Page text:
It may not be totally unusual for you to wake up every morning in Orlando with a few aches and pains. It is when those pains persist throughout the day (and every day) that concern arises.
Age does indeed bring with it some joint deterioration, yet if yours is severe enough (and exacerbated by other factors), it could reasonably prevent you from completing many daily tasks (including those associated with your employment). The question is when does your joint pain become severe enough to keep you from working (and, by extension, qualify you for Social Security Disability benefits).
Reviewing the SSA’s Listing of Impairments
Given that joint pain is relatively common (and its severity is often viewed subjectively), some might think that it does not warrant one receiving disability benefits for. Fortunately, the Social Security Administration sets a very objective measure when determining if you should qualify for disability benefits due to joint pain in its Listing of Impairments.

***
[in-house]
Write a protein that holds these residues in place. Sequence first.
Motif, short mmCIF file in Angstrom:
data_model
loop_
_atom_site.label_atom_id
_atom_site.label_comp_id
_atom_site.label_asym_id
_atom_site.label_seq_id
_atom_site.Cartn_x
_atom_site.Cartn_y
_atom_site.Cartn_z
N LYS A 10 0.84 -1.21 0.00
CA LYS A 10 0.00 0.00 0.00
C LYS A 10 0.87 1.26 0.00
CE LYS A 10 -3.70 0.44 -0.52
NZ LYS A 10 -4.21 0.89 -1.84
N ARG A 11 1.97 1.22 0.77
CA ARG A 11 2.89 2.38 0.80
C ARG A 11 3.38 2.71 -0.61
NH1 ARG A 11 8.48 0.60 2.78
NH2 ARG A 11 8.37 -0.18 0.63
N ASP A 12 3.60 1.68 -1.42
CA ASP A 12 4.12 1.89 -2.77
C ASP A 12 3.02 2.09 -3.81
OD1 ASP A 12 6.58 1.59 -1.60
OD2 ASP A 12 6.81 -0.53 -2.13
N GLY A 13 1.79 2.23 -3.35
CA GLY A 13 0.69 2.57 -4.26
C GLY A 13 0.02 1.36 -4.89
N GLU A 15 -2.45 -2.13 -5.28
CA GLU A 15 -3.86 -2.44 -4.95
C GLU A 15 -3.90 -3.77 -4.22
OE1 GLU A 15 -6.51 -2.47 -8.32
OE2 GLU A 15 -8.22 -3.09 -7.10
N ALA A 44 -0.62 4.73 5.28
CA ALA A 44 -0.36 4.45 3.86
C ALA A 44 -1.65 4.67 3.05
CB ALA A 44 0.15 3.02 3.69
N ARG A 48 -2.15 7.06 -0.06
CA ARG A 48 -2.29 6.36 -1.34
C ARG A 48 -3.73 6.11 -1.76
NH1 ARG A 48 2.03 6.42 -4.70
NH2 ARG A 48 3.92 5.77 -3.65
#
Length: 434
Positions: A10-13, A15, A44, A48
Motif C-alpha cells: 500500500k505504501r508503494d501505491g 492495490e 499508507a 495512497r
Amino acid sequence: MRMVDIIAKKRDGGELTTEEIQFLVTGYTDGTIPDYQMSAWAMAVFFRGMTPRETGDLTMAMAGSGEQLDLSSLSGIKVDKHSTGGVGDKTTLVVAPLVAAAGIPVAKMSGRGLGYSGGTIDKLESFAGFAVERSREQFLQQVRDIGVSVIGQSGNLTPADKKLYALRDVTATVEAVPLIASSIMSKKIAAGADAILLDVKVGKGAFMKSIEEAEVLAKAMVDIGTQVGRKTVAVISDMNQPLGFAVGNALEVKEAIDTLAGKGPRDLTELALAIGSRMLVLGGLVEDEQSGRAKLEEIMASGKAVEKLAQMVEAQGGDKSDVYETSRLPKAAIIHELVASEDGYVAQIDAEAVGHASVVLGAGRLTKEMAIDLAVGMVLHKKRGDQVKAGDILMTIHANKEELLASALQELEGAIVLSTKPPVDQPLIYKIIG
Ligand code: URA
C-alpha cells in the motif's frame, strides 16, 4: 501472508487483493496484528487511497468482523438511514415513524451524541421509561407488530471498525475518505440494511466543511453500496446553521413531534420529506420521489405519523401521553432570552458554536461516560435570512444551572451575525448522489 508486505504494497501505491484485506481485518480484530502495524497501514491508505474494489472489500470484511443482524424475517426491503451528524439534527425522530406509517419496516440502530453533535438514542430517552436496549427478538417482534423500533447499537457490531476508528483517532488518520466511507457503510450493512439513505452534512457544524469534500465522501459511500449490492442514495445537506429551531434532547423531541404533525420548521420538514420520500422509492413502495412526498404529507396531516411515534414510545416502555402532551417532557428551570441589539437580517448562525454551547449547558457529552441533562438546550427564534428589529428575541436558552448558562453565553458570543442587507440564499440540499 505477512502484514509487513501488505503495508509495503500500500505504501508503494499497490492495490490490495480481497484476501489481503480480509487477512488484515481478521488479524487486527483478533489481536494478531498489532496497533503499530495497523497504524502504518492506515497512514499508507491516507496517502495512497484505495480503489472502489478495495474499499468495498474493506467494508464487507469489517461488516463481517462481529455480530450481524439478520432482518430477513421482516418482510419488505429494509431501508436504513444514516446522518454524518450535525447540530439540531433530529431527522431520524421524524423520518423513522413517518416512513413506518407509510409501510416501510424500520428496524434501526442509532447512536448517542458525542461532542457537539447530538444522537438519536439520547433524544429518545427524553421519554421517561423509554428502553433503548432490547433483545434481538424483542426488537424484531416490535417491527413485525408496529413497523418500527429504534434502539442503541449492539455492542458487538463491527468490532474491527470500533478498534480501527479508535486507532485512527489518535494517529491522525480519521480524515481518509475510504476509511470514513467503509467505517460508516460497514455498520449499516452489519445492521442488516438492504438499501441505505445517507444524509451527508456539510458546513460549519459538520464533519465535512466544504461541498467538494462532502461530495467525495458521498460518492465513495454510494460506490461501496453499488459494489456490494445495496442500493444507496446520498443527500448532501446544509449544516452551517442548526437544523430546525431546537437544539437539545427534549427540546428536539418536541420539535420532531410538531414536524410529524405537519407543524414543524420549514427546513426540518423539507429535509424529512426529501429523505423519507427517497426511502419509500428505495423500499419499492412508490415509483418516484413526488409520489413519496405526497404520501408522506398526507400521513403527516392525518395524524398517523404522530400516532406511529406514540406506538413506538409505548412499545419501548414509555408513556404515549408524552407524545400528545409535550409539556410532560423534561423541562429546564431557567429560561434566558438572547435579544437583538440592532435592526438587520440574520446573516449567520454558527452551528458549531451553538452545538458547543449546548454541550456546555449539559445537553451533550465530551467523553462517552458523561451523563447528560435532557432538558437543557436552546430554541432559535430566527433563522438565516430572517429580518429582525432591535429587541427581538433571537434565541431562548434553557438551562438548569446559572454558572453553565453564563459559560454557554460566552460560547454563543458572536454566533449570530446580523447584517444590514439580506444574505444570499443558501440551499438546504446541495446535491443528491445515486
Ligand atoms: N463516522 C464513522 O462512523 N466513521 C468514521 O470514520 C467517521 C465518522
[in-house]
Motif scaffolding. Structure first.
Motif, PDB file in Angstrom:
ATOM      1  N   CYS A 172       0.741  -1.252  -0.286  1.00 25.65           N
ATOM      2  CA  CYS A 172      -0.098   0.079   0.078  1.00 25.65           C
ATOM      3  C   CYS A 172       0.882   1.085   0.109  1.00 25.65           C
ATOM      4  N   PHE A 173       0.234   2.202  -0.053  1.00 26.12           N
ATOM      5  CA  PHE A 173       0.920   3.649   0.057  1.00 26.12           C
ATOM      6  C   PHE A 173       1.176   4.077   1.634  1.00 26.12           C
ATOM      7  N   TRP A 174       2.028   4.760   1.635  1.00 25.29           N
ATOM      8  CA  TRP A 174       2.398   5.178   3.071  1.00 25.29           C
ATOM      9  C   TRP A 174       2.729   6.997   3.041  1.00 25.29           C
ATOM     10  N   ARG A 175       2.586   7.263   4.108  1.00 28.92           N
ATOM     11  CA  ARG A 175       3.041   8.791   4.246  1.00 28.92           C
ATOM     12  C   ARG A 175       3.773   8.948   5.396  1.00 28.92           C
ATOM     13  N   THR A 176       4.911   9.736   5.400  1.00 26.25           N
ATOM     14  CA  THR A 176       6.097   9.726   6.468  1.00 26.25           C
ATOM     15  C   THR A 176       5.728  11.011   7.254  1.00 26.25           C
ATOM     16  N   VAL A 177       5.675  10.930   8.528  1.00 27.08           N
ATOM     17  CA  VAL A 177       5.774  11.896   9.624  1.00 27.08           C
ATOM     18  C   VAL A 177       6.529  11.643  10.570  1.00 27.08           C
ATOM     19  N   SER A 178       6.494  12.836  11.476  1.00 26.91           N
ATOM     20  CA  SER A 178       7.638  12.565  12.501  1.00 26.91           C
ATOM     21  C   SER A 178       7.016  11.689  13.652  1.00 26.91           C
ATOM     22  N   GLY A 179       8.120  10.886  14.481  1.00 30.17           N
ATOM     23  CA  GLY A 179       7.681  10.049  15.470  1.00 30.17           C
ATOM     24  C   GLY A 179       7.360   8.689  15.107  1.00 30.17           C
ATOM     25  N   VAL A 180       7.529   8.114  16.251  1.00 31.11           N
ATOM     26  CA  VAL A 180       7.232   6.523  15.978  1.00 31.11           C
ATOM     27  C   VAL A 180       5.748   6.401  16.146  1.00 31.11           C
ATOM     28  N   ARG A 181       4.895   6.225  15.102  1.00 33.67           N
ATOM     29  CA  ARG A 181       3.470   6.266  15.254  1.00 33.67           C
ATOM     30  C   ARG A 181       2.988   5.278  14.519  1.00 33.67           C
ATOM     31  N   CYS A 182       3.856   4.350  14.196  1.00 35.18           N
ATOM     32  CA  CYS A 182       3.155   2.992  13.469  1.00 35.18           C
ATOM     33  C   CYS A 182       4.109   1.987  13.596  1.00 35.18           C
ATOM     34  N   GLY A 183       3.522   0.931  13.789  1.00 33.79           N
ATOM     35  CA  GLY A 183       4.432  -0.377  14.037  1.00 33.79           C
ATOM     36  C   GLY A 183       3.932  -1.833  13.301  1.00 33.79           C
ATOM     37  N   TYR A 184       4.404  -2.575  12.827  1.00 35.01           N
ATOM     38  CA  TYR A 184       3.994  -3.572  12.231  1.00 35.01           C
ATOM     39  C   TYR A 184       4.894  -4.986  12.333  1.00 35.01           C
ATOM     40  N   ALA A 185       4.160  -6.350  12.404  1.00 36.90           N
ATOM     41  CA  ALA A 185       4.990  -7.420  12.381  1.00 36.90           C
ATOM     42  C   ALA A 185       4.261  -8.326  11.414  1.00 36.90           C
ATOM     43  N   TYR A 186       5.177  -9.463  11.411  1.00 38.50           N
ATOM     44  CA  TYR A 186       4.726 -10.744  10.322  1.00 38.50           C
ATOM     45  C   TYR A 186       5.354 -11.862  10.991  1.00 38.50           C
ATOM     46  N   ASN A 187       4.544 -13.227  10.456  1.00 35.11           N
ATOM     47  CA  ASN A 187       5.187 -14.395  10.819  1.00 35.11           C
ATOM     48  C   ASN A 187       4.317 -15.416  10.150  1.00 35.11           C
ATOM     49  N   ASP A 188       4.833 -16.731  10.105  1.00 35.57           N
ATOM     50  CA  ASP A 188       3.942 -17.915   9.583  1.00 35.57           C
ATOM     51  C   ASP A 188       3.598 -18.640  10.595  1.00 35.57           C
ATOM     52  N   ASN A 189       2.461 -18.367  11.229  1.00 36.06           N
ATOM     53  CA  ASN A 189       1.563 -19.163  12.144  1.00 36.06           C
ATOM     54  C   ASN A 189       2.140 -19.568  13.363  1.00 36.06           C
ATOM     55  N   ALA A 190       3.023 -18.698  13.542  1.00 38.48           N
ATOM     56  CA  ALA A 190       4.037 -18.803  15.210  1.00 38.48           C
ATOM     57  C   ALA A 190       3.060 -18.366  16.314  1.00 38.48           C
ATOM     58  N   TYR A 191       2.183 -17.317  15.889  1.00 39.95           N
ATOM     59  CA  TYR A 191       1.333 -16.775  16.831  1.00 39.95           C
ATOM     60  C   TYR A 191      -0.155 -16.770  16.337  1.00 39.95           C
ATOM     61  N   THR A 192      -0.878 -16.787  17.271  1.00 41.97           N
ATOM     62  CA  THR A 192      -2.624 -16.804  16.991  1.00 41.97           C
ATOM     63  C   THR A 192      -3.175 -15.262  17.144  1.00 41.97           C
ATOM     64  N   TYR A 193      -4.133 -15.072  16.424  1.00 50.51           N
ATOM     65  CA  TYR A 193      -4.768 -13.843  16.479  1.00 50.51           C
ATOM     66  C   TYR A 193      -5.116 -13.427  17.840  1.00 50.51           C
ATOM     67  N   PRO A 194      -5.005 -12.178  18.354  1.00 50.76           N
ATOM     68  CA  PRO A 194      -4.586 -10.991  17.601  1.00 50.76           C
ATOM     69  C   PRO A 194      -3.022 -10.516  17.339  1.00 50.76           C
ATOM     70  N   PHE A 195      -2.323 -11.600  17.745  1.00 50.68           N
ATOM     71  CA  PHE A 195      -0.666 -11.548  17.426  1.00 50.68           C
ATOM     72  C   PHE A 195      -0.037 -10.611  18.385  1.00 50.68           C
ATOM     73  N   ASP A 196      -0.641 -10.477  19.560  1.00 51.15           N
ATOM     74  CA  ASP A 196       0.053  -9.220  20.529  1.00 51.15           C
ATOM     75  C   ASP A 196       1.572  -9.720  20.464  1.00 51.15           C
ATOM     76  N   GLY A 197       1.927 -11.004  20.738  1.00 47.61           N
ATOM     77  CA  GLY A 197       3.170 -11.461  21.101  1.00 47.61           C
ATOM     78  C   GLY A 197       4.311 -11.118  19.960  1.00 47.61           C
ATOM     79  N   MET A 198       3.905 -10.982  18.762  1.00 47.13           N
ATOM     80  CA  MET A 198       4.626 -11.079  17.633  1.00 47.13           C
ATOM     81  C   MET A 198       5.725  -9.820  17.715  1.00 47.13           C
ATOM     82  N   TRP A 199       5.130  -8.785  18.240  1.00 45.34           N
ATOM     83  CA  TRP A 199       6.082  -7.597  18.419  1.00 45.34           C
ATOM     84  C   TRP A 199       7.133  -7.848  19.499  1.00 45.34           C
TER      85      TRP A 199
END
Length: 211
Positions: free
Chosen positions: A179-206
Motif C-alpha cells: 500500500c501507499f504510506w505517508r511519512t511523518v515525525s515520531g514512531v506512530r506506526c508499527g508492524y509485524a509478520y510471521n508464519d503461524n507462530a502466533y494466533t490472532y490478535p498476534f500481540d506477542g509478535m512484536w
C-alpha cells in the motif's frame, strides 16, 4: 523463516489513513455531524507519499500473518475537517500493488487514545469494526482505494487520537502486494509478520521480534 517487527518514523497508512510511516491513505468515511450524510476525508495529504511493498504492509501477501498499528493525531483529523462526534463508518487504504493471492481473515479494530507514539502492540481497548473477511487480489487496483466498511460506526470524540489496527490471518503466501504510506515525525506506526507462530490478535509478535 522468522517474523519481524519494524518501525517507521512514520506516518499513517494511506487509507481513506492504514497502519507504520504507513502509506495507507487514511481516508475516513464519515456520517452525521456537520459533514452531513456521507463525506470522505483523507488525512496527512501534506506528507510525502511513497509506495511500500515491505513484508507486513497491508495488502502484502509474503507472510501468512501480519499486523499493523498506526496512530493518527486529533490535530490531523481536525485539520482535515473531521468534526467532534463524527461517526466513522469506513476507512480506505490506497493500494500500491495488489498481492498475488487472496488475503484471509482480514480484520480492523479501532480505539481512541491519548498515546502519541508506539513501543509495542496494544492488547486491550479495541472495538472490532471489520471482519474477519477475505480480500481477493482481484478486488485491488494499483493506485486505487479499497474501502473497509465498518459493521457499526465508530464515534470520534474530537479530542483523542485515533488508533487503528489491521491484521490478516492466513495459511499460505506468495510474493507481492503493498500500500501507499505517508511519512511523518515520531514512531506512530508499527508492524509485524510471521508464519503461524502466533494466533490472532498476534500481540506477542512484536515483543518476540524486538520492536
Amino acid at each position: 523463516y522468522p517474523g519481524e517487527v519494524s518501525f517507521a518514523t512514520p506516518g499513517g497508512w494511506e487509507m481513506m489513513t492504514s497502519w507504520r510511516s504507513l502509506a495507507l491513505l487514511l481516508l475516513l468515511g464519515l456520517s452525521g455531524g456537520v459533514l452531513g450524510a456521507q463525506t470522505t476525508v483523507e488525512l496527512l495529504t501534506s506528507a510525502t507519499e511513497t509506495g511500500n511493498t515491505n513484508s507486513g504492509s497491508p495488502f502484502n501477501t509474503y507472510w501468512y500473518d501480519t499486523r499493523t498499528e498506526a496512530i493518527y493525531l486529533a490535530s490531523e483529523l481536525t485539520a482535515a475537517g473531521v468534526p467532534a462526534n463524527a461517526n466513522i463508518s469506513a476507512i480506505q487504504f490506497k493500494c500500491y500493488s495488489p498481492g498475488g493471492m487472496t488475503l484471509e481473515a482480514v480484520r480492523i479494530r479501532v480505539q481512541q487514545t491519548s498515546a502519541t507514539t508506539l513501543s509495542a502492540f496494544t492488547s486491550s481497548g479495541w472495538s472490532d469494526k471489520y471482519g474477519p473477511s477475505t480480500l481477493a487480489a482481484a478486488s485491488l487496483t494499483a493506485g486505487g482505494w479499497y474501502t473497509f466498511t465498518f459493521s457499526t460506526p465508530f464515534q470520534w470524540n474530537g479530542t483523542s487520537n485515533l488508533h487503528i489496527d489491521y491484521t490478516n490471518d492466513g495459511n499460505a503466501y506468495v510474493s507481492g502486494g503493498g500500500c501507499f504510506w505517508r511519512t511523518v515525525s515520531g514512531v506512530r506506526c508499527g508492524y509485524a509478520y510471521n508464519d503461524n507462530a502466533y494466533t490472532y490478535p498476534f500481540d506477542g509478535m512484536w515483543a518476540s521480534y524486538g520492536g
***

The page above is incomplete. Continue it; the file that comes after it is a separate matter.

Here it states that to meet its qualification criteria, you must demonstrate the following:
- Chronic joint pain and stiffness
- An apparent limitation in the range of motion of the affected joint
- A gross anatomical deformity involving the affected joint
Identifying disabling joints of the body
It goes without saying that certain joints are more vital to the performance of daily functions than others. According to the SSA, joint issues warranting disability benefits must occur in either your peripheral weight-bearing joints of the lower extremity (e.g. the hips, knees or ankles) or of the upper extremity (the shoulders, wrists and hands). Issues with one may make it difficult for you to remain on your feet for extended periods, while problems with the other might impede your ability to perform fine movements.